a prison cell back in 1907. Their friendship was close enough for Ordzhonikidze to be one of the few people who was allowed to address Stalin informally, and he was even trusted to spend

a night in Stalin's house after the leader's wife committed suicide. Their friendship worsened later due to clashing views on Stalin's political repressions, and Ordzhonikidze ultimately killed himself.

Ordzhonikidze picked the location for the sanatorium himself in 1934 and welcomed the first visitors three years later. The guests mostly consisted of miners and their families since Ordzhonikidze was the head of the Industry Ministry and the sanatorium passed under its rule.

The sanatorium can accommodate 640 guests, has its own medical complex, beach, tennis courts, library and indoor pool with

a sauna. It is also well known for its many walking routes. You can still see the old Soviet bulletin boards where doctors recommend the best routes to take. The first man in space, Yuri Gagarin, swam in the sanatorium's swimming pool, which was also the training ground for the Soviet Union's first swimming medalist.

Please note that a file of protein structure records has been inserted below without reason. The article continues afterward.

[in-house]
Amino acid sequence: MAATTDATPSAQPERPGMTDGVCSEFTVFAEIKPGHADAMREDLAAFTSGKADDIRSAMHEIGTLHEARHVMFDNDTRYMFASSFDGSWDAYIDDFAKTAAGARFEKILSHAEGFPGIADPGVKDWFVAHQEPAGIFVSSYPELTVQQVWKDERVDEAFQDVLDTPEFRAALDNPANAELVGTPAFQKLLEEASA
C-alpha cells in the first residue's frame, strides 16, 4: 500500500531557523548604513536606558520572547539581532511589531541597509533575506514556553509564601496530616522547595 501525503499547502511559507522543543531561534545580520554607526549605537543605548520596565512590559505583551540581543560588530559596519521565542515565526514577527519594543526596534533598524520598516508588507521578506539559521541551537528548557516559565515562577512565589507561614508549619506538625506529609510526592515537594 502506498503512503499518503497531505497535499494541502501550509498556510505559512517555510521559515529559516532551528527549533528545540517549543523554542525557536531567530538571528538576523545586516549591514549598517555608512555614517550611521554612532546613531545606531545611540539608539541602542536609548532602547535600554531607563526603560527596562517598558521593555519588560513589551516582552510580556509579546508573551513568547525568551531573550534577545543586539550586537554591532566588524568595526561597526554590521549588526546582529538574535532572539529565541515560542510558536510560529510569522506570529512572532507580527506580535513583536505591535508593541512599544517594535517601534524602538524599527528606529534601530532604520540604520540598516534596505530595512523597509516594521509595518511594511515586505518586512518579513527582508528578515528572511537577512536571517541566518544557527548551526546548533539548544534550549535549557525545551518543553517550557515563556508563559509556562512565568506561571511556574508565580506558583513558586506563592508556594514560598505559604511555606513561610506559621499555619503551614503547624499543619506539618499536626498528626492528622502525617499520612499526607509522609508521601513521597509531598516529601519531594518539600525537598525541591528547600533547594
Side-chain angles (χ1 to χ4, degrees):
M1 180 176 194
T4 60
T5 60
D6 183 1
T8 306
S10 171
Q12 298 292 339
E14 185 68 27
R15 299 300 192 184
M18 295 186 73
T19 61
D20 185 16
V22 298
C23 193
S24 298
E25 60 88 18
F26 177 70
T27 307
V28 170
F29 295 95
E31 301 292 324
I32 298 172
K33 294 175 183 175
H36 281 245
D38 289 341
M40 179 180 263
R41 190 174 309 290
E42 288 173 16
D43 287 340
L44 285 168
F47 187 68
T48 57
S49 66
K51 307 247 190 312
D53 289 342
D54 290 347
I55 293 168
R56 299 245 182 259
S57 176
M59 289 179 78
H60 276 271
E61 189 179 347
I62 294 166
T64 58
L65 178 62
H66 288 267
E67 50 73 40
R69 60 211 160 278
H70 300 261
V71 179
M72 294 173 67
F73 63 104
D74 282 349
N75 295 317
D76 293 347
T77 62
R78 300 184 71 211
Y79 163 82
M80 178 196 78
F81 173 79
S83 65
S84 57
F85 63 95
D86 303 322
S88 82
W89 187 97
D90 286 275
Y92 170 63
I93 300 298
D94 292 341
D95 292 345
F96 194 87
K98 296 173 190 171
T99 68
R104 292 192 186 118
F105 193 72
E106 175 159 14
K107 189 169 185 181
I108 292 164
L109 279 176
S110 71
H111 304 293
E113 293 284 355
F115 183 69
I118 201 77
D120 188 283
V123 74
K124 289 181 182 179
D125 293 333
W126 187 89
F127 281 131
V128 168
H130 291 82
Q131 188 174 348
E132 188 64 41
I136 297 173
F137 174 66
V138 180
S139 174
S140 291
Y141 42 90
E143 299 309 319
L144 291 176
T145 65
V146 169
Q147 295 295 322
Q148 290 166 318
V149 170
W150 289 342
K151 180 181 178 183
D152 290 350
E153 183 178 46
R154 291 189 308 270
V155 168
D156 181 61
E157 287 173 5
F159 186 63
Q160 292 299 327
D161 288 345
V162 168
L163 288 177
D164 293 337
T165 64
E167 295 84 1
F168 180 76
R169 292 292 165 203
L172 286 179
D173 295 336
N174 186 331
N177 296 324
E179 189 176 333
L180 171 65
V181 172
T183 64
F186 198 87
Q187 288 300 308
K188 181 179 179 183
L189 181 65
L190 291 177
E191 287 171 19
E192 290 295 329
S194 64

Some of the illnesses that are treated at Ordzhonikidze include allergies, gynecological diseases, and respiratory, cardiovascular and metabolic misbalances. For the latter there is even a menu with 15 diets, though there are kiosks opposite where patients can buy sweets and other items that have not passed under medical surveillance.

The complex was closed for major reconstruction in 2010. Although people said before then that staying there was expensive, for some it is still the ideal place to go, and they praise the grandeur of the architecture as well as the medical services offered.